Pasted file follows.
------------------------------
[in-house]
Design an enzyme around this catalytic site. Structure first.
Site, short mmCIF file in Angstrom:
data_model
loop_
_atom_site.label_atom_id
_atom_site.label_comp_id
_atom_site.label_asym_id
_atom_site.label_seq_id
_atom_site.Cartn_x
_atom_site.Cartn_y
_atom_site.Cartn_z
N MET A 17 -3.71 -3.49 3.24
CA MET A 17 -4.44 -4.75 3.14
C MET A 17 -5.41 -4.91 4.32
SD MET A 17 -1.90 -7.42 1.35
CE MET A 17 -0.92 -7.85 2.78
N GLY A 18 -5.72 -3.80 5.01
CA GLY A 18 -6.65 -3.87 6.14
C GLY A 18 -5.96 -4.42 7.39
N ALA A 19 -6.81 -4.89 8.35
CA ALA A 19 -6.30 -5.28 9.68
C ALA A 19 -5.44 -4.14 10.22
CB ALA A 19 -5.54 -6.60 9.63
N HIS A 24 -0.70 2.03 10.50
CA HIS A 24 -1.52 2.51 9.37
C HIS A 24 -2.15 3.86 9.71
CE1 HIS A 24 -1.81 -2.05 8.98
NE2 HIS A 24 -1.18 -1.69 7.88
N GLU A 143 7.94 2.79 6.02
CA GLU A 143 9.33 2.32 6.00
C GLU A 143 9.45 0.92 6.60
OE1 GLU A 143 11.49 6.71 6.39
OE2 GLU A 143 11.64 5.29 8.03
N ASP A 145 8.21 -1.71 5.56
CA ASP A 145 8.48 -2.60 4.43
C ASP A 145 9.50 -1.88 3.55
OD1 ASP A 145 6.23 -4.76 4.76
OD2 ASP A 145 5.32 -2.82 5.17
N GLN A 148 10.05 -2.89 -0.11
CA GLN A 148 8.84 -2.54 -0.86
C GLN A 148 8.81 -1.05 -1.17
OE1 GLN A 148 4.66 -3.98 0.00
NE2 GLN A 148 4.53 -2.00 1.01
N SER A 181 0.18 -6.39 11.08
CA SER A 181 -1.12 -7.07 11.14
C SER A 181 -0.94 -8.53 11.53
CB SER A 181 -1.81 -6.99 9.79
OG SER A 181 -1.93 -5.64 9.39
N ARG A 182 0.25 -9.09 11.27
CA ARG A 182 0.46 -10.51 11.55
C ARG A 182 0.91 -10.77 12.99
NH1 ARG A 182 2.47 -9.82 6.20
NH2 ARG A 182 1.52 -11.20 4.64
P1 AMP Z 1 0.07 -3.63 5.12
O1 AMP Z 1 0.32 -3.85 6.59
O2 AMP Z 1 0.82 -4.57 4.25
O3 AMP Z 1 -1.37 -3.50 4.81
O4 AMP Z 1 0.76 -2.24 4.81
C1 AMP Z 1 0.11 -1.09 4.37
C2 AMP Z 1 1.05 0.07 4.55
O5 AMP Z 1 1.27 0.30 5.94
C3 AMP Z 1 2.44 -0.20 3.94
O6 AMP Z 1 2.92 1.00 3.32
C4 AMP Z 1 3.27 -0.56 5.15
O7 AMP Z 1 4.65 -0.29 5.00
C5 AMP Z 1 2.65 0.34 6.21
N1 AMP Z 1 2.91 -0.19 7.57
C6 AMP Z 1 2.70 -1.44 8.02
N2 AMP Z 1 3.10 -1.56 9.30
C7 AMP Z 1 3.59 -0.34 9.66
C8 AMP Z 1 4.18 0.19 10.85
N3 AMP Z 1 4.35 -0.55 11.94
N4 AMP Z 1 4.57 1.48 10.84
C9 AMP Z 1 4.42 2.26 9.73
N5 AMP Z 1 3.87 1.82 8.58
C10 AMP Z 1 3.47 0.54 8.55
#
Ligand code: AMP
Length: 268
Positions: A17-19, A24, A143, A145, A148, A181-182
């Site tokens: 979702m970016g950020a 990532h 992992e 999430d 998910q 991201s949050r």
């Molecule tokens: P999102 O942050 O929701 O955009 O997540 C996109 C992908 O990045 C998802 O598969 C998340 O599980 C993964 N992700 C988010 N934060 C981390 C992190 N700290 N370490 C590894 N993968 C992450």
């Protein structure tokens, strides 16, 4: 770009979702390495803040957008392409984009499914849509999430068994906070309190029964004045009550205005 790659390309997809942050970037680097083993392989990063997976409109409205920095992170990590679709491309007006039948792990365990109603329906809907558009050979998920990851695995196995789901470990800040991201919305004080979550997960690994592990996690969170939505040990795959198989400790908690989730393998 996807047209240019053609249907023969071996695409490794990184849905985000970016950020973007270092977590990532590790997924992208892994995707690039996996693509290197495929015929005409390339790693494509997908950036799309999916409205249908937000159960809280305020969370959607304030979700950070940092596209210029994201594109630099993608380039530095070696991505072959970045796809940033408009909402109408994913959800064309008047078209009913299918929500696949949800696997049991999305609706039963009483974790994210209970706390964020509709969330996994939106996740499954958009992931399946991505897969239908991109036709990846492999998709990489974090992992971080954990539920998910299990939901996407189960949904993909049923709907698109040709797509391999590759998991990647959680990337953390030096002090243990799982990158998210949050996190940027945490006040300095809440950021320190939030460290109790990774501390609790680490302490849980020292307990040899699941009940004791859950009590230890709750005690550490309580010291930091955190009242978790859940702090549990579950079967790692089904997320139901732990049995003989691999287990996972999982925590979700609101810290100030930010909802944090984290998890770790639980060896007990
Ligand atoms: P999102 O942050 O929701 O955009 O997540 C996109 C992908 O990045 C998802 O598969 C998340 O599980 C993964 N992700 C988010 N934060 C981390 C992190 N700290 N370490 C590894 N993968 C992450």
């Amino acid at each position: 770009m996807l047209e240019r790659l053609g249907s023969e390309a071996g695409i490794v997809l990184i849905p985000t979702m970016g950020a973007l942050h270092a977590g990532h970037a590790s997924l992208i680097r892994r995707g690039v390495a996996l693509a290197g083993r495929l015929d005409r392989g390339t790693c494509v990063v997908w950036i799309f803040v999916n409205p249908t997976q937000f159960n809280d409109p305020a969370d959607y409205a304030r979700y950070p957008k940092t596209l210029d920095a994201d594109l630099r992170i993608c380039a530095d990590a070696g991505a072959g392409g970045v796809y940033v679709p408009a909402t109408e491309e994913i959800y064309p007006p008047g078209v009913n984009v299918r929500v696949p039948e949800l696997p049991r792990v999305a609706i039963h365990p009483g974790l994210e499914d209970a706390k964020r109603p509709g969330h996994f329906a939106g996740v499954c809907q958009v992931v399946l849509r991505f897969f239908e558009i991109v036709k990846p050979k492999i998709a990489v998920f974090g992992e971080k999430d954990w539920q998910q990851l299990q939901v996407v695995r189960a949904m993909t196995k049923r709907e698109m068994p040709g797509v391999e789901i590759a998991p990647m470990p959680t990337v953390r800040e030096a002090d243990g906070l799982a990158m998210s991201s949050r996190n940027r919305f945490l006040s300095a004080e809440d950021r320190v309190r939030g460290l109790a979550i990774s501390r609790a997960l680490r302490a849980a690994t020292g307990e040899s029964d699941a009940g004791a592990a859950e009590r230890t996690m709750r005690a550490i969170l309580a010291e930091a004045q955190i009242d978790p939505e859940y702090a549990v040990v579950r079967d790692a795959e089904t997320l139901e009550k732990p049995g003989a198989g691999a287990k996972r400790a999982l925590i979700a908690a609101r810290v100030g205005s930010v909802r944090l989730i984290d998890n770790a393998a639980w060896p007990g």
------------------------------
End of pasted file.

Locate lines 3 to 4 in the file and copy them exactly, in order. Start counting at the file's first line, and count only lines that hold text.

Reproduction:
Site, short mmCIF file in Angstrom:
data_model